“This is the history of the gay and lesbian movement that we’ve been waiting for.” —The Washington Post
The sweeping story of the struggle for gay and lesbian rights—based on amazing interviews with politicians, military figures, and members of the entire LGBT community who face these challenges every day.
The fight for gay and lesbian civil rights—the years of outrageous injustice, the early battles, the heart-breaking defeats, and the victories beyond the dreams of the gay rights pioneers—is the most important civil rights issue of the present day. In “the most comprehensive history to date of America’s gay-rights movement” (The Economist), Lillian Faderman tells this unfinished story through the dramatic accounts of passionate struggles with sweep, depth, and feeling.
The Gay Revolution begins in the 1950s, when gays and lesbians were criminals, psychiatrists saw them as mentally ill, churches saw them as sinners, and society victimized them with hatred. Against this dark backdrop, a few brave people began to fight back, paving the way for the revolutionary changes of the 1960s and beyond. Faderman discusses the protests in the 1960s; the counter reaction of the 1970s and early eighties; the decimated but united community during the AIDS epidemic; and the current hurdles for the right to marriage equality.
“A compelling read of a little-known part of our nation’s history, and of individuals whose stories range from heart-wrenching to inspiring to enraging to motivational” (Chicago Tribune), The Gay Revolution paints a nuanced portrait of the LGBT civil rights movement. A defining account, this is the most complete and authoritative book of its kind.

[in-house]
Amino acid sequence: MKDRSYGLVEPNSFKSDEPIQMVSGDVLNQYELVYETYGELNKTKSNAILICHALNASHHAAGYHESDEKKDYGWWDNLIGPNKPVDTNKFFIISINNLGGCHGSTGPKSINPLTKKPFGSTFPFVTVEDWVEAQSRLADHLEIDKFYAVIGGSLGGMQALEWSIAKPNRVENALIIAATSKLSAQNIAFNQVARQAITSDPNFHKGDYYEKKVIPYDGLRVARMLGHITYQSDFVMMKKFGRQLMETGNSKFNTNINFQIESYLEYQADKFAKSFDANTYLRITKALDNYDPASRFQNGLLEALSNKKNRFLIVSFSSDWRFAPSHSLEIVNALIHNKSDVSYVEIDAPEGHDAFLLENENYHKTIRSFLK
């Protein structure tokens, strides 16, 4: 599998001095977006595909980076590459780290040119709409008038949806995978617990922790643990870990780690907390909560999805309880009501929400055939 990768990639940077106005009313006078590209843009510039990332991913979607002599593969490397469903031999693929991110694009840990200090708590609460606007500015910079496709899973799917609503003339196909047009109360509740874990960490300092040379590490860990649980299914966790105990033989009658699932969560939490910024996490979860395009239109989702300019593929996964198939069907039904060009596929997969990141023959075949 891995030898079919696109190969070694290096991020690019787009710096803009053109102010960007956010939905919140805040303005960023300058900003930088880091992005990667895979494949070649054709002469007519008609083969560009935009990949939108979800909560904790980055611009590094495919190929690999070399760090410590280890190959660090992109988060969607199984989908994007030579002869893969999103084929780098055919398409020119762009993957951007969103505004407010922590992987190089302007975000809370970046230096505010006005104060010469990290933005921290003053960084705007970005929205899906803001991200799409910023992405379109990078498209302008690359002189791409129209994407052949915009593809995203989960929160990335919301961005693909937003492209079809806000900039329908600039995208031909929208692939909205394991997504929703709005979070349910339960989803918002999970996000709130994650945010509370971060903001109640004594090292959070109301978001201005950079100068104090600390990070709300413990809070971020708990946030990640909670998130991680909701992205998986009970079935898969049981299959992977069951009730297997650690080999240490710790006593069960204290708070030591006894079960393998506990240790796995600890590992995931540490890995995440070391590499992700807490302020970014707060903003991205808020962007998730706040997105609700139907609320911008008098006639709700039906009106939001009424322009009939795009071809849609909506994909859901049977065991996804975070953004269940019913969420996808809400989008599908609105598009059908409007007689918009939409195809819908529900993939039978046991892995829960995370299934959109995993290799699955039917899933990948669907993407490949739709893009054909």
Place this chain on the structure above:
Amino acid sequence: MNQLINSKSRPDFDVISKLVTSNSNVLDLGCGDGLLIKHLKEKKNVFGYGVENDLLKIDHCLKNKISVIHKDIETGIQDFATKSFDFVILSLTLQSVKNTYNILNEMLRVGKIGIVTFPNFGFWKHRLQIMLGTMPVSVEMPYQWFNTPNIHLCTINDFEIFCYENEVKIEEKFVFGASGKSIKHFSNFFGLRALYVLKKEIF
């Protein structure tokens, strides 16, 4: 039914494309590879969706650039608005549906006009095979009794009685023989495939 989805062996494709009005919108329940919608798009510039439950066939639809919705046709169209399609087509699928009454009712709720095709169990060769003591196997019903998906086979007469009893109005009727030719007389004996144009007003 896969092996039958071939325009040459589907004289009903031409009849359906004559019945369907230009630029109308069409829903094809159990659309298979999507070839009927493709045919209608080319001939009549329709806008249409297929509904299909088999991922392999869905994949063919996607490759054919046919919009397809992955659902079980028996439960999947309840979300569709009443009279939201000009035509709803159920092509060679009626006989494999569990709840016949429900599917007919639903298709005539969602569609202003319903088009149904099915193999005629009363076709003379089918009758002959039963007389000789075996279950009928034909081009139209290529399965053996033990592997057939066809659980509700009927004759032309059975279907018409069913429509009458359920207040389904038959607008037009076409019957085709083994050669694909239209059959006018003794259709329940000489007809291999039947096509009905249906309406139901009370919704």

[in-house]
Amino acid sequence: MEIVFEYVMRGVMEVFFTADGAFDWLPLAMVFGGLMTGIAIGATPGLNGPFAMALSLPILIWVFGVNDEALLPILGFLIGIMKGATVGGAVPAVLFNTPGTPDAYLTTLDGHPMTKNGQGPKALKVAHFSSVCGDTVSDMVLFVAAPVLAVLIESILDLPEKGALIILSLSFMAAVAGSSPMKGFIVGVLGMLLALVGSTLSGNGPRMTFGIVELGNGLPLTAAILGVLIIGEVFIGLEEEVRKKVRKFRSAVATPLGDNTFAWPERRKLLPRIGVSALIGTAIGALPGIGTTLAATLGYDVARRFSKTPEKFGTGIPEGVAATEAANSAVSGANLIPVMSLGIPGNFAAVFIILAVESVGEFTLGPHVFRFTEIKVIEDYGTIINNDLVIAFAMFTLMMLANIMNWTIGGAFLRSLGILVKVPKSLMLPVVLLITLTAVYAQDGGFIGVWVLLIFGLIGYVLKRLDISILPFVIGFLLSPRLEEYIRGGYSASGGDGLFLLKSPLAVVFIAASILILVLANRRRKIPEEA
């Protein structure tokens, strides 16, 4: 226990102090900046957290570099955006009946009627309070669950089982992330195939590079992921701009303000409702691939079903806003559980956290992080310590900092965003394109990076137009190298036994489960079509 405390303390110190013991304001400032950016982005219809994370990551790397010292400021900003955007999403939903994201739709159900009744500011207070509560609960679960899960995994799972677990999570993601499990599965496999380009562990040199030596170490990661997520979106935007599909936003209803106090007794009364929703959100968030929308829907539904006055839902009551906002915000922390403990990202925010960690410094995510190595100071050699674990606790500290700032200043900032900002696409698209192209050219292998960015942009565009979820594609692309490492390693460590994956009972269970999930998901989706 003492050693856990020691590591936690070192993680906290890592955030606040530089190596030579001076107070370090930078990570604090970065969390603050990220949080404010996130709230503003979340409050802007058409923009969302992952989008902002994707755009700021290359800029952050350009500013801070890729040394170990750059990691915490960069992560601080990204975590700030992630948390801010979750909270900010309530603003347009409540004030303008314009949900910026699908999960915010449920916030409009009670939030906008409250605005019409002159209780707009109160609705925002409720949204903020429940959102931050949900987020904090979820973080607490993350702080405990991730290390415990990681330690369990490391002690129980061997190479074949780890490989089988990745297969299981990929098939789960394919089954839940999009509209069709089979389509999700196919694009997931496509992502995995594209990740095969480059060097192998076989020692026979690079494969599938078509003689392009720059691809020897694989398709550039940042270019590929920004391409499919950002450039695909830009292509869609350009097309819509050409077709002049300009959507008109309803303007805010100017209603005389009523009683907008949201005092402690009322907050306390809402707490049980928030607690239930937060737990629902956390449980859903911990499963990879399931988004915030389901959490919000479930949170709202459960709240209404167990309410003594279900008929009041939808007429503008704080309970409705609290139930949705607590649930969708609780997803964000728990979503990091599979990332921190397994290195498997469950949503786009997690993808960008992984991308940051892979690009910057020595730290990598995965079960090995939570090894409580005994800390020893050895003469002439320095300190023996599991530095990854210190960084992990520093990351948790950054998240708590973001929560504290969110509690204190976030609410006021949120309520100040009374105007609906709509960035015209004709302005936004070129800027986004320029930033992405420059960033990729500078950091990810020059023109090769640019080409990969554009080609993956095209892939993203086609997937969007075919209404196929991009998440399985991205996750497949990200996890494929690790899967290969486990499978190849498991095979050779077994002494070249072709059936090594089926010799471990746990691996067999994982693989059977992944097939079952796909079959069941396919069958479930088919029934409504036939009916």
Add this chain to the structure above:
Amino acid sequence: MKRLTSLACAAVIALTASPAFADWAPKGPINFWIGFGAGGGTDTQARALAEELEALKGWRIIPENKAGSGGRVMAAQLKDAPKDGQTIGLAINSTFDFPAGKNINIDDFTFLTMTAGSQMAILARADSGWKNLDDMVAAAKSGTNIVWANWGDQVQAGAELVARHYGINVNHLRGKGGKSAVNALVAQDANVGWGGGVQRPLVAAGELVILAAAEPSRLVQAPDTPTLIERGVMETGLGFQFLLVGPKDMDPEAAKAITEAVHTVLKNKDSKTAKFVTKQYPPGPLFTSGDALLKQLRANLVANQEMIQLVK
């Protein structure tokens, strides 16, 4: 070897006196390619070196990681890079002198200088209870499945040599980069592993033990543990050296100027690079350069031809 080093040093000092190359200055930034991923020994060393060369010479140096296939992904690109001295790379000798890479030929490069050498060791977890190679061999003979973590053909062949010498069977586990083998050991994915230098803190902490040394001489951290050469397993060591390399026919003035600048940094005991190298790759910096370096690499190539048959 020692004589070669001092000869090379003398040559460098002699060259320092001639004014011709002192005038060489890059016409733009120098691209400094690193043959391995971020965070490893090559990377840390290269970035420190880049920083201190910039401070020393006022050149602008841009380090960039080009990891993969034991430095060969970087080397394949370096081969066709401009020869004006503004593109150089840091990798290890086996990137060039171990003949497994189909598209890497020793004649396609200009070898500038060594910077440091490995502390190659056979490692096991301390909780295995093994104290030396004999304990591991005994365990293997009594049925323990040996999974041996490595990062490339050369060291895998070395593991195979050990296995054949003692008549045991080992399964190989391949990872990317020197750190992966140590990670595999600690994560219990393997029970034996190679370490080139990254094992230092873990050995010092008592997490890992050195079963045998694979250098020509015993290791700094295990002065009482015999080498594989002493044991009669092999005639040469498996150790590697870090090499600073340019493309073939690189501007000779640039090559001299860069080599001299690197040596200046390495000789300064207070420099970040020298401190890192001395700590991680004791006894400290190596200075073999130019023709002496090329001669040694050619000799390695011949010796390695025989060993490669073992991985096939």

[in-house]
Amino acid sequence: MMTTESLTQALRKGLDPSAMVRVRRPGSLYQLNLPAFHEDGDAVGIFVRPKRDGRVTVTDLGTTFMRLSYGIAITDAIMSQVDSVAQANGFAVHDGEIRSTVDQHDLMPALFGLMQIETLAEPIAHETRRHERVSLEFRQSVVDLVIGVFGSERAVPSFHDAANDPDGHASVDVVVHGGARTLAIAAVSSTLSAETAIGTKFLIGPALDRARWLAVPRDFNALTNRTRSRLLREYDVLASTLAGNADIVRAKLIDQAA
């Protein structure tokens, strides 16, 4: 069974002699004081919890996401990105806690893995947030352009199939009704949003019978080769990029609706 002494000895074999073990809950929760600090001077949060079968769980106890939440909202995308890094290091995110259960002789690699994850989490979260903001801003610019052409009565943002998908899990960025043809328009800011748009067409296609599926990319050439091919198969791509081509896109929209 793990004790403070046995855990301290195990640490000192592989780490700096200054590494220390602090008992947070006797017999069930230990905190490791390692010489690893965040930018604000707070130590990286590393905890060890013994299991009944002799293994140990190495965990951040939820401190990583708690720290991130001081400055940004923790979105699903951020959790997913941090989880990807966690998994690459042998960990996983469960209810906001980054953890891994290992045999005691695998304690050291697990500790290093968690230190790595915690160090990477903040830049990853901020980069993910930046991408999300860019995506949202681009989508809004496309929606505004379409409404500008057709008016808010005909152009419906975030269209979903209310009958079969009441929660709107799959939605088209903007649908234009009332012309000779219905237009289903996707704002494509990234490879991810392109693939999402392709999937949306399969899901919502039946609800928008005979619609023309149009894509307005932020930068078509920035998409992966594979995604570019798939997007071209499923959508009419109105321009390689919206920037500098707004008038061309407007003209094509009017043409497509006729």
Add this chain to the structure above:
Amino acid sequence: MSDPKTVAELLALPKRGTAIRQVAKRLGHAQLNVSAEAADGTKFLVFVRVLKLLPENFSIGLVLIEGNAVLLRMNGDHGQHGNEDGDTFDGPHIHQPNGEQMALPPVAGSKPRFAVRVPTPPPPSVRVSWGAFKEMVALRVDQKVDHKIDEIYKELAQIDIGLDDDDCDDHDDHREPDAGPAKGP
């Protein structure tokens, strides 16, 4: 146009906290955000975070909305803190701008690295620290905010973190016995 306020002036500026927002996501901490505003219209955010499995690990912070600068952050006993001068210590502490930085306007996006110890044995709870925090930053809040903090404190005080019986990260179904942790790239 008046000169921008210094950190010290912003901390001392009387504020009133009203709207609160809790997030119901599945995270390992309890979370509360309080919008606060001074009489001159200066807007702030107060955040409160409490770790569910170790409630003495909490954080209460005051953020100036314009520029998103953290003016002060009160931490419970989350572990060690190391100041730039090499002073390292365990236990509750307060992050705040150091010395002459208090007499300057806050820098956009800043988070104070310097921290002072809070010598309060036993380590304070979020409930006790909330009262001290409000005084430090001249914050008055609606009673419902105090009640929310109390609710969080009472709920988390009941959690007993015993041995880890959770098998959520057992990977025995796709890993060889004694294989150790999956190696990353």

Faderman (Naked in the Promised Land), a scholar of lesbian history and literature, renders the slow transformation of culture into a sweeping narrative of the American struggle for gay and lesbian civil rights. She digs deep into media and legislative archives to construct a comprehensive narrative, beginning in the 1950s with the scapegoating of homosexuals under "vag-lewds" law and the first formulation of homosexuals as a minority group, and continuing to the current and recent legal fights around the Employment Non-Discrimination Act (ENDA), hate crime legislation, and marriage equality. Faderman depicts the struggle as a conflict between "suits and streets," offering balanced coverage of both meticulous lobbying from the government, military, and professional organizations such as the American Psychological Association, and the rapid changes wrought by historical radicalizations such as the Stonewall riots, the Harvey Milk riots, and the aggressive medical activism of ACT UP. First-person accounts from over 100 interviews conducted as original research for the book punctuate this extraordinary story. Faderman's immense cultural history will give today's LGBTQ activists both a profound appreciation of their forebears and the motivation to carry the struggle forward.
Wasn't really that good of a book